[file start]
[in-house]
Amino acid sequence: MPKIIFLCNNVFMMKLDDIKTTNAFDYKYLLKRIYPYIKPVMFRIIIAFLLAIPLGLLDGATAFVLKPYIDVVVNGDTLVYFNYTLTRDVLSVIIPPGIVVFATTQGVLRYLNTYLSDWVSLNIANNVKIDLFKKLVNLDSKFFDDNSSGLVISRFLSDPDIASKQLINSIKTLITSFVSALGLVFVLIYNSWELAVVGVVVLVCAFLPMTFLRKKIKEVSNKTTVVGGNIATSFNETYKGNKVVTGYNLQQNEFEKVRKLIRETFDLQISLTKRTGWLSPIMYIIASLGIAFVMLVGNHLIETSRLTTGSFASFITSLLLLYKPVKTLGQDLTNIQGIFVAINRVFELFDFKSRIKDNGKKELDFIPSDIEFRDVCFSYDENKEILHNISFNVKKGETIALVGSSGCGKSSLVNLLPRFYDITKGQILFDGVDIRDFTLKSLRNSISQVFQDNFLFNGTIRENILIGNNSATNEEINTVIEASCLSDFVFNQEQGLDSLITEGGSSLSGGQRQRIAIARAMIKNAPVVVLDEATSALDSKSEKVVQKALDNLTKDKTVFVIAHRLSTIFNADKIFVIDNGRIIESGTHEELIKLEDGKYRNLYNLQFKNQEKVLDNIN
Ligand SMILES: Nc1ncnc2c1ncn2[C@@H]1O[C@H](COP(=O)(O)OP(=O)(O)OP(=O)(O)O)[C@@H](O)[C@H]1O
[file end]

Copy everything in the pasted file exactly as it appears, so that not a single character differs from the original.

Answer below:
[in-house]
Amino acid sequence: MPKIIFLCNNVFMMKLDDIKTTNAFDYKYLLKRIYPYIKPVMFRIIIAFLLAIPLGLLDGATAFVLKPYIDVVVNGDTLVYFNYTLTRDVLSVIIPPGIVVFATTQGVLRYLNTYLSDWVSLNIANNVKIDLFKKLVNLDSKFFDDNSSGLVISRFLSDPDIASKQLINSIKTLITSFVSALGLVFVLIYNSWELAVVGVVVLVCAFLPMTFLRKKIKEVSNKTTVVGGNIATSFNETYKGNKVVTGYNLQQNEFEKVRKLIRETFDLQISLTKRTGWLSPIMYIIASLGIAFVMLVGNHLIETSRLTTGSFASFITSLLLLYKPVKTLGQDLTNIQGIFVAINRVFELFDFKSRIKDNGKKELDFIPSDIEFRDVCFSYDENKEILHNISFNVKKGETIALVGSSGCGKSSLVNLLPRFYDITKGQILFDGVDIRDFTLKSLRNSISQVFQDNFLFNGTIRENILIGNNSATNEEINTVIEASCLSDFVFNQEQGLDSLITEGGSSLSGGQRQRIAIARAMIKNAPVVVLDEATSALDSKSEKVVQKALDNLTKDKTVFVIAHRLSTIFNADKIFVIDNGRIIESGTHEELIKLEDGKYRNLYNLQFKNQEKVLDNIN
Ligand SMILES: Nc1ncnc2c1ncn2[C@@H]1O[C@H](COP(=O)(O)OP(=O)(O)OP(=O)(O)O)[C@@H](O)[C@H]1O